• 3 romaine hearts, cut in bite-size pieces
  • 2 cups spinach
  • 2 (15oz) cans chickpeas
  • 4 bell peppers, deseeded and cut into quarters
  • 4 red onions, cut into eighths
  • 2 Tbsp extra-virgin olive oil
  • 1/2 tsp kosher salt


  • 3 cloves garlic, minced or pressed
  • 9 Tbsp champagne vinegar
  • 6 Tbsp extra-virgin olive oil
  • 1/2 Tbsp dijon mustard
  • pepper, to taste

In a large bowl, combine romaine, spinach, and chickpeas.

Preheat a large grill pan over medium-high heat.  Toss the bell peppers and red onion in olive oil and salt.  When pan is ready, place peppers and onion in the pan, being careful not to overcrowd.  Let grill for 1-2 minutes on each side until tender and grill marks are visible.  Remove cooked vegetables to a cutting board and allow to cool slightly before cutting into bite-size pieces.

Top salad with grilled vegetables and toss lightly with a third or half of the dressing, to taste.  Serve immediately.

Cranberry Pear Crumble

Coming up with vegan desserts is a bit challenging. I really want to stick with ingredients that people might have on hand, so the idea of doing some fruit cobblers/crumbles seemed like a good place to start. When I saw this combination of pears and cranberries I was definitely intrigued. I could totally see how the tart berries would be a great balance to the sweet pears, and it really is a perfect match. The crumble combines olive oil and maple syrup, oats and walnuts for a delicious crunchy crumble. This is definitely a unique spin on some classic fall/winter flavors. I’d definitely recommend it!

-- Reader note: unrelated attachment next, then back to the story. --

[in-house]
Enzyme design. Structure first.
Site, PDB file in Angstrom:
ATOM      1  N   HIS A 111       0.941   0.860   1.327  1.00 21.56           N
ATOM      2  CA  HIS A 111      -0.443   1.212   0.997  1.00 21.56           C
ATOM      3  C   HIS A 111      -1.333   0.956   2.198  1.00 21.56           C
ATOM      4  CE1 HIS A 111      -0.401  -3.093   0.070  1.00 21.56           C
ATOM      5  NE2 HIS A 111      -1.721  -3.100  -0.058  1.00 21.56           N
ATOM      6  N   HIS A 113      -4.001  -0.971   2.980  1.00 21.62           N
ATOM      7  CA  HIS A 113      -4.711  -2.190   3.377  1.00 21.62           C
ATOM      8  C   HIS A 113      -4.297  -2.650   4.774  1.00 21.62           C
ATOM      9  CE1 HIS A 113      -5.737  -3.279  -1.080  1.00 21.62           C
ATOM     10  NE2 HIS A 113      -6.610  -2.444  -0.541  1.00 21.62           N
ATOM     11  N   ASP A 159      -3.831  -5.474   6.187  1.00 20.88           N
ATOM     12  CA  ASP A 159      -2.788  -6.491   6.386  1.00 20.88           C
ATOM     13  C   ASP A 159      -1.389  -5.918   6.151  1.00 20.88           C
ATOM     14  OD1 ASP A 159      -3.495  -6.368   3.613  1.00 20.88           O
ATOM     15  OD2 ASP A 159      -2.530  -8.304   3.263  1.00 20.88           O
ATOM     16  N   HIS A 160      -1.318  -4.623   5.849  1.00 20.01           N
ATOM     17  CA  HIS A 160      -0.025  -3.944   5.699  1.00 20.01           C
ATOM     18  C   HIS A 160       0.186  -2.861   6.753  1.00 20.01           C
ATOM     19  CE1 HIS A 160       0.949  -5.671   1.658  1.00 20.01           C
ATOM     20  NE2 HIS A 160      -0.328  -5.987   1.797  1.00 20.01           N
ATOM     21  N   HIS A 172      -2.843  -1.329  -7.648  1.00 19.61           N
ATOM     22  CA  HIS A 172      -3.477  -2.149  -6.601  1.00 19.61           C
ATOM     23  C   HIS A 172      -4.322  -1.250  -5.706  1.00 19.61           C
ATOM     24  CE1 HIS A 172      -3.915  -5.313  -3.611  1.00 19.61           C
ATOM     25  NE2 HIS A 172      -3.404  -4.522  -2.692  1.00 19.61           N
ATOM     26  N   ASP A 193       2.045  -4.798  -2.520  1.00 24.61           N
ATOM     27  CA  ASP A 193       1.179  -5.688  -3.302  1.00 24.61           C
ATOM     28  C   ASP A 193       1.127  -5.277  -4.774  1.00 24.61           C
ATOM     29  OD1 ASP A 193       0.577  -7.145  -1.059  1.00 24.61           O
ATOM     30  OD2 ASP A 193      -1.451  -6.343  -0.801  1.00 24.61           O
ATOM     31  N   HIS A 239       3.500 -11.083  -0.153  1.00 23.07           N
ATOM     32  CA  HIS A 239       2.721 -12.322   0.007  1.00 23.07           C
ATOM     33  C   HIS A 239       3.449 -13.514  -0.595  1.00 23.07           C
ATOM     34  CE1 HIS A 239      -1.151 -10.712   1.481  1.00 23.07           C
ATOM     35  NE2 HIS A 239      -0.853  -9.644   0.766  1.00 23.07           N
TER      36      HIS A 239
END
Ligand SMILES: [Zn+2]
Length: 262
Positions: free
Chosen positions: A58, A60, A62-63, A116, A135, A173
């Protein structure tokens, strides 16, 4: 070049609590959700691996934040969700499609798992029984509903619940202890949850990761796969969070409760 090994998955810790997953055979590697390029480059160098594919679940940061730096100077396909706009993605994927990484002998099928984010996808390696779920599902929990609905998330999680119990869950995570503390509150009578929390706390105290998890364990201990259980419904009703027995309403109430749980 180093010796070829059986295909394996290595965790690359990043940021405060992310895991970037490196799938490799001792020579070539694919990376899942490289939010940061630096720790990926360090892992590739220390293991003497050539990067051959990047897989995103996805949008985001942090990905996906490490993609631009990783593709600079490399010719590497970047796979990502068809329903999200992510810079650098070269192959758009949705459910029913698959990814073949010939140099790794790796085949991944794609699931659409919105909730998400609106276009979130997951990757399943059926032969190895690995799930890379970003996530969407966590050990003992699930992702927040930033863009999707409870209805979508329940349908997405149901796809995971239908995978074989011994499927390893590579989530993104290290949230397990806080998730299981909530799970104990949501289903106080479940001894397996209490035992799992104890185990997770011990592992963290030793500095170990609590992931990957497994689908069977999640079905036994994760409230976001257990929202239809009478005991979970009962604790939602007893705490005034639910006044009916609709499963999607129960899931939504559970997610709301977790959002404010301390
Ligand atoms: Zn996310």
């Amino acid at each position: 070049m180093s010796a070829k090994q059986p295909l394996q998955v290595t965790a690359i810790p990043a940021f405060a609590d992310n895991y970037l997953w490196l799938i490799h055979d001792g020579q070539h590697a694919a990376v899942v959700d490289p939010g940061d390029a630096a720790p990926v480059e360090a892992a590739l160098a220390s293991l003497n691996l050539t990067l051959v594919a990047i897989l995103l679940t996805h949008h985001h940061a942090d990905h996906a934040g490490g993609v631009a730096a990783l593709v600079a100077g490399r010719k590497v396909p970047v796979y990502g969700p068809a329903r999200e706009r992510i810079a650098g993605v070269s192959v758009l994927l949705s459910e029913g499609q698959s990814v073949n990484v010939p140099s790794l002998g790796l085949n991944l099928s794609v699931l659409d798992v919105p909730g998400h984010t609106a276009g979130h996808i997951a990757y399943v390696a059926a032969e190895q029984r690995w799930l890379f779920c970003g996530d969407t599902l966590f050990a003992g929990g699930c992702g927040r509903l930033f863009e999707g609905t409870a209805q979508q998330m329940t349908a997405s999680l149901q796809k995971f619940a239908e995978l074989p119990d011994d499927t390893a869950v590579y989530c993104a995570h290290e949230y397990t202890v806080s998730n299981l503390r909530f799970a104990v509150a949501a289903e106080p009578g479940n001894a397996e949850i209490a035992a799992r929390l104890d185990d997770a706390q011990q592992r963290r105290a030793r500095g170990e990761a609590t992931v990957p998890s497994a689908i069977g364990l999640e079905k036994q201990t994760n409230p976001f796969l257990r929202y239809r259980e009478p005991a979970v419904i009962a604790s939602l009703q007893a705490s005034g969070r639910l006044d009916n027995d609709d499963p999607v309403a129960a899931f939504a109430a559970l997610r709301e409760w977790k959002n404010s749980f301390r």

Cranberry Pear Crumble

Serves 10-12

Adapted from Joy the Baker and My Kitchen Addiction


  • 8-10 ripe but firm pears (I used bartlett)
  • 2 heaping cups fresh cranberries
  • 4 Tbsp granulated sugar
  • 1 tsp ground cinnamon
  • 1/2 lemon juiced


  • 1 cup rolled oats
  • 1 cup walnuts
  • 2 Tbsp extra-virgin olive oil
  • 2 Tbsp maple syrup

Preheat oven to 350°F.

Peel and core the pears and cut into large bite-size pieces and spread out in a 9×13″ baking dish.  Add the cranberries, sugar, cinnamon, and lemon juice.  Toss gently and set aside.

In a food processor combine all the ingredients for the topping.  Pulse several times until well combined.

Mix 1/3 of the topping mixture with the filling, spread evenly in the pan and  top with the rest of the crumble.